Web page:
Jurors deliberated for just about nine hours in the Derek Chauvin case before announcing they had reached a verdict. He was found guilty on all counts.

The most serious charge is second-degree murder, which carries a potential prison sentence of up to 40 years. The sentencing guidelines for a first-time offender, however, as Chauvin is, call for a sentence up to 12 1/2 years or 150 months.

Third-degree murder is defined as unintentionally causing someone’s death by committing an act that is eminently dangerous to other persons while exhibiting a depraved mind, with reckless disregard for human life. That charge also carries a sentence of up to 25 years in prison, but given Chauvin would be a first offender, the actual sentence he receives could closer to 12 1/2 years.

Second-degree manslaughter is culpable negligence where a person creates an unreasonable risk and consciously takes the chance of causing death or great bodily harm to someone else. The charge has a potential 10-year sentence, but will likely be closer to four if the jury finds him guilty.

Prosecutors have argued that certain aggravating factors in the case call for a longer prison sentence if Chauvin is found guilty. Because of that, the jury’s work doesn’t end when they return their verdict. They will then be instructed to decide on those aggravating factors alleged by the prosecution.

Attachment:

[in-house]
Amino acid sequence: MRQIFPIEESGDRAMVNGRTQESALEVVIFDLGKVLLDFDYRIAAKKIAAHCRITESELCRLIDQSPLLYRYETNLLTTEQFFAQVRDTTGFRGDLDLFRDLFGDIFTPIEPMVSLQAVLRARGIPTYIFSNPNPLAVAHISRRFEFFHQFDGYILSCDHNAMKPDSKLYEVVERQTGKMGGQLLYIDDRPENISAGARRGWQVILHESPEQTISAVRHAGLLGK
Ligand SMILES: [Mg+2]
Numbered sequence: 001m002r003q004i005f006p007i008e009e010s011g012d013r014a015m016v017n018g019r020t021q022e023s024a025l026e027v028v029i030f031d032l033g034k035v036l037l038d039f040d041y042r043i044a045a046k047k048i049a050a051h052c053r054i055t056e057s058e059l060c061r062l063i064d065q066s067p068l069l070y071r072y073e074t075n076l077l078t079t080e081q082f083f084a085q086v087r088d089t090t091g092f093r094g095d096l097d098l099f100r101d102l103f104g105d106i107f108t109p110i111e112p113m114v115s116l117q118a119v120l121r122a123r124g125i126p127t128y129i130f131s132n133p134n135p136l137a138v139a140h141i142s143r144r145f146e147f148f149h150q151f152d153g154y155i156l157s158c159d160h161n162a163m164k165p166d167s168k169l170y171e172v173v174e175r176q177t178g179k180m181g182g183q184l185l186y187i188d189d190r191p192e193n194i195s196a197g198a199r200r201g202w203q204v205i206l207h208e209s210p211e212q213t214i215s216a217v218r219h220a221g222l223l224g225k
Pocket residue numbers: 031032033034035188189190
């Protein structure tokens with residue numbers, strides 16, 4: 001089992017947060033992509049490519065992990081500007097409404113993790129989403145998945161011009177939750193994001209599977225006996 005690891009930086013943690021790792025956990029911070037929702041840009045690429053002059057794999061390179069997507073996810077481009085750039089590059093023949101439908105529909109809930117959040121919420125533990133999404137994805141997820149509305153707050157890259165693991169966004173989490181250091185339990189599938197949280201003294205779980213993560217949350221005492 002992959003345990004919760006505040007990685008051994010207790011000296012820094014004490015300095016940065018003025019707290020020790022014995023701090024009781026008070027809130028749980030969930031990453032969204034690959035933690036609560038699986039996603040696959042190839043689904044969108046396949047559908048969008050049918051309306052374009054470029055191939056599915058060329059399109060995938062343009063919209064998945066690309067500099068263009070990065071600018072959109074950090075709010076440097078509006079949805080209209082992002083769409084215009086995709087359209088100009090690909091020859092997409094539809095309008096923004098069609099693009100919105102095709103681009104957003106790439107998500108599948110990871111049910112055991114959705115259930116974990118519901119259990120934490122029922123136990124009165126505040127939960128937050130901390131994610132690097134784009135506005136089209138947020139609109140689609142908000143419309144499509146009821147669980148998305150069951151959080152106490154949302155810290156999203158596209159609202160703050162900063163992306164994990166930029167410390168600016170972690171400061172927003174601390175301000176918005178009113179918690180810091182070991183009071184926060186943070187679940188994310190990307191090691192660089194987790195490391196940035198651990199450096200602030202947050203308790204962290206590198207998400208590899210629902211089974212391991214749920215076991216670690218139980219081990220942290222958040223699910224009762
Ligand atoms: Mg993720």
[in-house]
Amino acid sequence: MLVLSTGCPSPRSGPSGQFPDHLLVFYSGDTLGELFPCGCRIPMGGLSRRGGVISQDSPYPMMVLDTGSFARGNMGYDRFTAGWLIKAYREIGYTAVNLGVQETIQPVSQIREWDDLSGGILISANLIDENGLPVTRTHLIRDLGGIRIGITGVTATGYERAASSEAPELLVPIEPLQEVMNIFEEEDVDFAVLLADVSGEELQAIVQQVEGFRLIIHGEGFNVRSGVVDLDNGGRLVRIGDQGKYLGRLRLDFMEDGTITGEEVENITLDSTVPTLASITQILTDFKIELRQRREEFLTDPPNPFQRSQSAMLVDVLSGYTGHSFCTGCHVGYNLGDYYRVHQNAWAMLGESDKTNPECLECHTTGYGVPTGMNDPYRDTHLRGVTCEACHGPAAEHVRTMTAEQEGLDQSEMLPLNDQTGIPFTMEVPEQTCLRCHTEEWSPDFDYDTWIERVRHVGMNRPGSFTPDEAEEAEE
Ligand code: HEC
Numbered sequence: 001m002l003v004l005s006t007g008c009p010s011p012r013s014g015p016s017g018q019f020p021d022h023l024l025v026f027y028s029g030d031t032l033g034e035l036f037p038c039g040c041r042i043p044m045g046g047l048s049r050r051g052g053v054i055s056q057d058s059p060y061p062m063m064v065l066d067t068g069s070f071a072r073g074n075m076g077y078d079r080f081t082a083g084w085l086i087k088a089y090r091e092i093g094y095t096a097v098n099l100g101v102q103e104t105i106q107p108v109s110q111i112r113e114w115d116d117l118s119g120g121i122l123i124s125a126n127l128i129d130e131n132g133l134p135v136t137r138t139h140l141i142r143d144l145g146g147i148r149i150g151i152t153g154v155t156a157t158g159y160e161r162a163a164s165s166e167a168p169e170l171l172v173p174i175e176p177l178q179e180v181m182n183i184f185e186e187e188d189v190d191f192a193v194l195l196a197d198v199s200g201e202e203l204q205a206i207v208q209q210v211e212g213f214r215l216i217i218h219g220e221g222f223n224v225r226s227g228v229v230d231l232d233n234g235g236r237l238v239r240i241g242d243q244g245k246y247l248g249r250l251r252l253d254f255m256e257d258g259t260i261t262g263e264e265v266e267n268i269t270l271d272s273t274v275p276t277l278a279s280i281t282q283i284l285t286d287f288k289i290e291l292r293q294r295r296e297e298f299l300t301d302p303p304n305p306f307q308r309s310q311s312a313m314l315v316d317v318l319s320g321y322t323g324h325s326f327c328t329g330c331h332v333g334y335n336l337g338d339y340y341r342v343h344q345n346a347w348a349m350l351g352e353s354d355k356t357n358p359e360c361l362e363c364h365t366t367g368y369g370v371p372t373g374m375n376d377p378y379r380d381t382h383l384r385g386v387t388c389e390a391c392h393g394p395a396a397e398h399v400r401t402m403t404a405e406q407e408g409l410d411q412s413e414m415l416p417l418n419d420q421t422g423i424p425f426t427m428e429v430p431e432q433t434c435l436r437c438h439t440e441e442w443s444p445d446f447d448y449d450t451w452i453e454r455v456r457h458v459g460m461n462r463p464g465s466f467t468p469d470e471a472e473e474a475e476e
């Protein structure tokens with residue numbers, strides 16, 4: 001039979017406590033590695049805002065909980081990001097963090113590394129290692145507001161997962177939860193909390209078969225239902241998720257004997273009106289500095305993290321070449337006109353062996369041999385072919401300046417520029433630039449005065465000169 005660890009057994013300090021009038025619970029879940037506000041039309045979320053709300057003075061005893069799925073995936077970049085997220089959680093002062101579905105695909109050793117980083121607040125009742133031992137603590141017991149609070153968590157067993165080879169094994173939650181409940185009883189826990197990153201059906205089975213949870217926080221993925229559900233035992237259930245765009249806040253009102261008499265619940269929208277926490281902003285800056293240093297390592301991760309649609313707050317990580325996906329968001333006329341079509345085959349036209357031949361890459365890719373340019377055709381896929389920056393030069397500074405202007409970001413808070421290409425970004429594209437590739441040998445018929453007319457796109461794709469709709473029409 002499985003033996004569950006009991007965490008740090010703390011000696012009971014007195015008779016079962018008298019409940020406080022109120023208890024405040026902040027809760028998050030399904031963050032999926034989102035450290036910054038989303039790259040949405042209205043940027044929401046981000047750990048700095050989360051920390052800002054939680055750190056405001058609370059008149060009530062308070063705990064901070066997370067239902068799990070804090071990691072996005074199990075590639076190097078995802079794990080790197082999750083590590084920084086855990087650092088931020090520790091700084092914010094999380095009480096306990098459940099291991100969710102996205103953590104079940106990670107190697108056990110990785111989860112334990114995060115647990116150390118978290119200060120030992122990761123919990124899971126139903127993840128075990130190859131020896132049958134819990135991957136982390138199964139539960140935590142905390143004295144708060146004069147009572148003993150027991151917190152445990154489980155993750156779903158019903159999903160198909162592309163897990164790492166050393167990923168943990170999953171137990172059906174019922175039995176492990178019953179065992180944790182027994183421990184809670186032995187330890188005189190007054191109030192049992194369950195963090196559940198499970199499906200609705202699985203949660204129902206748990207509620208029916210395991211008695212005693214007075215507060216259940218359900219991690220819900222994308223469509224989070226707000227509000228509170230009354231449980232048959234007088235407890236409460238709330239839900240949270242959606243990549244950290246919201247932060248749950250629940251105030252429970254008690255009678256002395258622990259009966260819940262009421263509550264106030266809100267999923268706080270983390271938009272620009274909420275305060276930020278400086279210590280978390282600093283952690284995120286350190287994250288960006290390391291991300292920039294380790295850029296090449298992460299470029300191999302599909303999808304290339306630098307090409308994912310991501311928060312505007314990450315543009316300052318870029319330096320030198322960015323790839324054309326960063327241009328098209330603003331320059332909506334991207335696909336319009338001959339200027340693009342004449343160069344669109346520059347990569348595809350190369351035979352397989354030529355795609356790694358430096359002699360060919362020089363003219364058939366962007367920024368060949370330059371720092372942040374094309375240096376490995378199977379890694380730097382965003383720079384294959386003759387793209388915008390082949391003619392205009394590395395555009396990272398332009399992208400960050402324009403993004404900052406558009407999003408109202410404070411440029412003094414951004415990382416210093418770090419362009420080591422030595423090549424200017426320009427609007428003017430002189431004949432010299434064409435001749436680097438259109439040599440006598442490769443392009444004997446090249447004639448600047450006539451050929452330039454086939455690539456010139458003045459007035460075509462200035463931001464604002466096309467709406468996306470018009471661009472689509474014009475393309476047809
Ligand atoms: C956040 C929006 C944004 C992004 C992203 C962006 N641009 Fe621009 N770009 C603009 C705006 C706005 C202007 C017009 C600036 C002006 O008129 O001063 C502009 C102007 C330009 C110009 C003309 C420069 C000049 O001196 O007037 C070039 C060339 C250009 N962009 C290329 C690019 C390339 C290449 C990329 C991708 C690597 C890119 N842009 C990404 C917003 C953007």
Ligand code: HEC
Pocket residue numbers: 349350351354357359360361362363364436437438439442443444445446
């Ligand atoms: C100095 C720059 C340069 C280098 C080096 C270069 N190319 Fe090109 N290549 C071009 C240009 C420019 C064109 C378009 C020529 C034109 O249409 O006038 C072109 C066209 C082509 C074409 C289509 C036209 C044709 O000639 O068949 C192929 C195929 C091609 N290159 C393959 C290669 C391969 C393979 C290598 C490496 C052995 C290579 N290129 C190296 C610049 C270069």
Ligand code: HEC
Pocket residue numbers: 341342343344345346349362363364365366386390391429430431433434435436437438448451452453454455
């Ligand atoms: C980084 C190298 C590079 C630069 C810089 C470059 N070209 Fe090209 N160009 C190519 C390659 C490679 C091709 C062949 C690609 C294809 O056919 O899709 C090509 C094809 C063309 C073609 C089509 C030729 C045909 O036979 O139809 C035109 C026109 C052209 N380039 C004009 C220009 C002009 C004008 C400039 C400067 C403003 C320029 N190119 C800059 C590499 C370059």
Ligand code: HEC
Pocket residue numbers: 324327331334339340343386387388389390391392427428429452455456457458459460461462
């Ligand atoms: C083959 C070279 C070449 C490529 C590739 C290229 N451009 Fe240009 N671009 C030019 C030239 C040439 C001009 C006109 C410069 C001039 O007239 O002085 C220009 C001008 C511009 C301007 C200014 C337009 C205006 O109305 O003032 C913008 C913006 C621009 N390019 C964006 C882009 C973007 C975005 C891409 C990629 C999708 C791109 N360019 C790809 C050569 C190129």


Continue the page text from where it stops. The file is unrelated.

Sentencing will be held in eight weeks.

Chauvin has been out on bail since last October. After the verdict was read, bail was revoked and he was ordered to be held in custody. He left the courtroom in handcuffs.

NPR writes about the makeup of the jury:

They include a chemist, a youth volunteer, a cardiac nurse and an IT professional.

The group is more racially diverse than Hennepin County, Minn., as a whole: Six are white, four are Black, and two identify as multiracial. Five are men and seven are women.

Shortly after the verdict the President and Vice President spoke with Floyd’s family.

Watch above via The Hill.